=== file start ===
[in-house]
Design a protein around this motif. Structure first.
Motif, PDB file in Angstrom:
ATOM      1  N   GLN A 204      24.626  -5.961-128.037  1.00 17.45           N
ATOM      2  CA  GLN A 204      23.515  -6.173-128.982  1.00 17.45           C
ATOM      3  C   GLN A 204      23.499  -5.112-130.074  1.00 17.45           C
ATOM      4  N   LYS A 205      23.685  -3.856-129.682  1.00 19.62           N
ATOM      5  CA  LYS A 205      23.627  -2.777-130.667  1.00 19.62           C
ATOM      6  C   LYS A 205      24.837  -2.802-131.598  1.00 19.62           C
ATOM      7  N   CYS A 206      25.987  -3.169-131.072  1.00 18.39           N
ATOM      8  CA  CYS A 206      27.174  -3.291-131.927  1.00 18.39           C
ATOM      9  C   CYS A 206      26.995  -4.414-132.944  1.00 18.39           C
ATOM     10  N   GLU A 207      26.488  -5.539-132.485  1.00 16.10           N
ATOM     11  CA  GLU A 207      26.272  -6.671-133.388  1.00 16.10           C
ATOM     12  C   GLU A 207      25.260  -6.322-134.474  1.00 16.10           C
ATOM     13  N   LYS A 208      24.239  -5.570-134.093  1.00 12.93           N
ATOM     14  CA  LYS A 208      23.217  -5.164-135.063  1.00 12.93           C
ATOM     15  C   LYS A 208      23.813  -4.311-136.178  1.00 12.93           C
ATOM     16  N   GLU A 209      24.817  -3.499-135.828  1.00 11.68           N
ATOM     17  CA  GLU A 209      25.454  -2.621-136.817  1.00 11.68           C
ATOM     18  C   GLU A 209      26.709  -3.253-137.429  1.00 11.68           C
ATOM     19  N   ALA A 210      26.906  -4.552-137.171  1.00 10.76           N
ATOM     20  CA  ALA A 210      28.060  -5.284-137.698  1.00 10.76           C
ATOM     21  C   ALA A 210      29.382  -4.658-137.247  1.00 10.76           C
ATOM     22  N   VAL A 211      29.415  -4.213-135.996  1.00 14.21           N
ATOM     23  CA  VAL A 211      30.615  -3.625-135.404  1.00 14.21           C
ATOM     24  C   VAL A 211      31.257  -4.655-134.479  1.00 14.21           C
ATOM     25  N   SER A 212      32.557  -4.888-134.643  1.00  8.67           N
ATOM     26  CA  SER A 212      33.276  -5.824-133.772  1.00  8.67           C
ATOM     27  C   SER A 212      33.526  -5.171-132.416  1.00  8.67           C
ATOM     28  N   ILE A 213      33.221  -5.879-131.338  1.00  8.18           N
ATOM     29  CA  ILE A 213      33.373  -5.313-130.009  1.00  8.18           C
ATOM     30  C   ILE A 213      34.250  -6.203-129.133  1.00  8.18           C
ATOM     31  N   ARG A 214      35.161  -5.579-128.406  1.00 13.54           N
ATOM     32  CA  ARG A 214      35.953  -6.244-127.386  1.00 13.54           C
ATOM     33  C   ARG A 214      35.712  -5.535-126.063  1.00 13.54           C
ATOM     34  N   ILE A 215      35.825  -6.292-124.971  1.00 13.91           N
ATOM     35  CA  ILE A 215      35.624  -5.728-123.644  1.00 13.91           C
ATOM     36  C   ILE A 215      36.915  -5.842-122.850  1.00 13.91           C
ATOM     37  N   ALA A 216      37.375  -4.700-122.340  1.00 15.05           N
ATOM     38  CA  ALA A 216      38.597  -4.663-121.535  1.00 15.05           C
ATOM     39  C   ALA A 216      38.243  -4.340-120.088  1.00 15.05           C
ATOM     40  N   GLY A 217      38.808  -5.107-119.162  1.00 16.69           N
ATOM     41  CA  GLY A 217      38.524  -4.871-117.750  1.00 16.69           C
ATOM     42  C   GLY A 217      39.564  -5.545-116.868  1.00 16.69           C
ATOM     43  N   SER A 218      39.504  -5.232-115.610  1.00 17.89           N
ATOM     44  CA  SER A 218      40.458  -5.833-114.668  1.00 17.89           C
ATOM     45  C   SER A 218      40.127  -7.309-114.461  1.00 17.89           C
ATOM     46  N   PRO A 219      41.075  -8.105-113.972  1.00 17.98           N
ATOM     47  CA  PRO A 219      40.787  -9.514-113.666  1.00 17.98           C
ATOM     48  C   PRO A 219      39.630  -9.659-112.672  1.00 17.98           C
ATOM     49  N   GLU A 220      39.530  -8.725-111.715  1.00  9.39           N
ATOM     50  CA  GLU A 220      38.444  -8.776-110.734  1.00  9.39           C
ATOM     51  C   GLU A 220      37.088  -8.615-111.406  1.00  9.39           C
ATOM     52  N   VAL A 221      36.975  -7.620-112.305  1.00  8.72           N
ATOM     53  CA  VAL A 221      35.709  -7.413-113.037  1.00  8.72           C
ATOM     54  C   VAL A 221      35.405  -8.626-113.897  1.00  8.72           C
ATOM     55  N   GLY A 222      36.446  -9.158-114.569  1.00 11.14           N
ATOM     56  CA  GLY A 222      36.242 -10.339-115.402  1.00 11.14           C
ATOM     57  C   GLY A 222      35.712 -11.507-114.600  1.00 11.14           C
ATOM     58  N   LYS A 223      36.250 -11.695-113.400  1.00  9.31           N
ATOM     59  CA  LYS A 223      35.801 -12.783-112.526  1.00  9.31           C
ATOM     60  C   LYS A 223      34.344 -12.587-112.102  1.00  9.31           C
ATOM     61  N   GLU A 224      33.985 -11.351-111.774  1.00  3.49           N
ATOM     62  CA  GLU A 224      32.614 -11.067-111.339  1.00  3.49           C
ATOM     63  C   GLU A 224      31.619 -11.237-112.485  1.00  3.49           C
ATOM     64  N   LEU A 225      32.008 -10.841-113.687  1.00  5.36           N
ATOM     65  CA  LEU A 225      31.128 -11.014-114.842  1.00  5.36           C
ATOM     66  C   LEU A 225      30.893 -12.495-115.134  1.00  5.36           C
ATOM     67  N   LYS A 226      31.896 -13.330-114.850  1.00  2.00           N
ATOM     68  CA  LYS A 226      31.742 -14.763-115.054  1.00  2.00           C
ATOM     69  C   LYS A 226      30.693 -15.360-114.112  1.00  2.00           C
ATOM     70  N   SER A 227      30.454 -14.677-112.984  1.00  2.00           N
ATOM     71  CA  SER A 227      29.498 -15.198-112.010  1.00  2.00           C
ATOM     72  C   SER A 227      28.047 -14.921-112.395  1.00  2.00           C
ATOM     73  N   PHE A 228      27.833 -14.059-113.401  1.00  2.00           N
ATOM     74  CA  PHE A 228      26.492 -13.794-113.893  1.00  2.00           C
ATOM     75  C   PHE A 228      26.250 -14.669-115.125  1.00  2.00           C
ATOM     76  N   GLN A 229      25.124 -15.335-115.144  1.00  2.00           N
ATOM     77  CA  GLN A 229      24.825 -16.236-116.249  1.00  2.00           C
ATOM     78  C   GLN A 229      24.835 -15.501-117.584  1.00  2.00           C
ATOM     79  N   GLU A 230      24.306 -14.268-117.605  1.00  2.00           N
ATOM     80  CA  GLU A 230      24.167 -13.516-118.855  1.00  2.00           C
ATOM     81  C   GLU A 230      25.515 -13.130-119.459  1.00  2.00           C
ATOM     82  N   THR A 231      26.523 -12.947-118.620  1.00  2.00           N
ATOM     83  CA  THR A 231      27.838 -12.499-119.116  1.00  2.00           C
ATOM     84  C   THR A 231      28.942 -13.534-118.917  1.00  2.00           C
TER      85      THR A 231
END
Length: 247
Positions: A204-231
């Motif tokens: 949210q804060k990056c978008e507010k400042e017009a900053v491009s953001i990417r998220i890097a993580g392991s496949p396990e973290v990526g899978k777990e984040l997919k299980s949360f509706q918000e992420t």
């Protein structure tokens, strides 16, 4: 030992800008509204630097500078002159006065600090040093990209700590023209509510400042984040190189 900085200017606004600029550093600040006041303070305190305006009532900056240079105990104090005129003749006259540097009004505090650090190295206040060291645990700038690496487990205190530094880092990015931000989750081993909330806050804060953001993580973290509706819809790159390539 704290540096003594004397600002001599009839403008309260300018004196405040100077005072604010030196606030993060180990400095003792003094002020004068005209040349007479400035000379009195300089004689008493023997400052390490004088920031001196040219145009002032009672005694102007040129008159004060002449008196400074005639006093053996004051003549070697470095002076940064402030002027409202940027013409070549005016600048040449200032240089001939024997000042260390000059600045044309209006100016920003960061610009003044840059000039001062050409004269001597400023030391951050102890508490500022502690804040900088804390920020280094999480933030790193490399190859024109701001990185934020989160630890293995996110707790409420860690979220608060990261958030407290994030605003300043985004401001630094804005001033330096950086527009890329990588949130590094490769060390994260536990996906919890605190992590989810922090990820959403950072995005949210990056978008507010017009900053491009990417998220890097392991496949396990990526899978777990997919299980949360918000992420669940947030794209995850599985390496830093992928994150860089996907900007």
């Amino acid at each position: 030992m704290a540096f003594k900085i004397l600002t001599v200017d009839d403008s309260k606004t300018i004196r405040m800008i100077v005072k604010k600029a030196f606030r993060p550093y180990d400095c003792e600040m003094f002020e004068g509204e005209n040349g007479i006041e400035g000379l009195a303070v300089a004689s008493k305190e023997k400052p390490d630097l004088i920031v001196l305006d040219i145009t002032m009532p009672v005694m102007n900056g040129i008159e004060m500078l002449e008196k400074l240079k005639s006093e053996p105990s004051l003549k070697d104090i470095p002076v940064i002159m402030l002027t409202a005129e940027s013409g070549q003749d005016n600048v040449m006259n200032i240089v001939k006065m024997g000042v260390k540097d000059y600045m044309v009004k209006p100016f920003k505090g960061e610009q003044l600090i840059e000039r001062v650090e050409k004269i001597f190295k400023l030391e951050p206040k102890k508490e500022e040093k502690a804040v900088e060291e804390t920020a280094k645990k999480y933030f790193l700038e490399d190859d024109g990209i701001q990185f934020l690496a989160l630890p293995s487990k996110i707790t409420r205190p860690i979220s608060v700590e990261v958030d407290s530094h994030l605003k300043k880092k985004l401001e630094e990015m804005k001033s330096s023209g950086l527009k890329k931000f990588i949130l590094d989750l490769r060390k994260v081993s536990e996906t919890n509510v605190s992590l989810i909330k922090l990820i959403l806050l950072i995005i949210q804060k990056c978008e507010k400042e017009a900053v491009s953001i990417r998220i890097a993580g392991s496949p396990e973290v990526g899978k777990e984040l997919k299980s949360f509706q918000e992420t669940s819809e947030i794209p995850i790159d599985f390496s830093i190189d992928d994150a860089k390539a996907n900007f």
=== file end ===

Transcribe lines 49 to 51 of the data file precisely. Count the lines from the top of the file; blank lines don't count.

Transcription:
ATOM     46  N   PRO A 219      41.075  -8.105-113.972  1.00 17.98           N
ATOM     47  CA  PRO A 219      40.787  -9.514-113.666  1.00 17.98           C
ATOM     48  C   PRO A 219      39.630  -9.659-112.672  1.00 17.98           C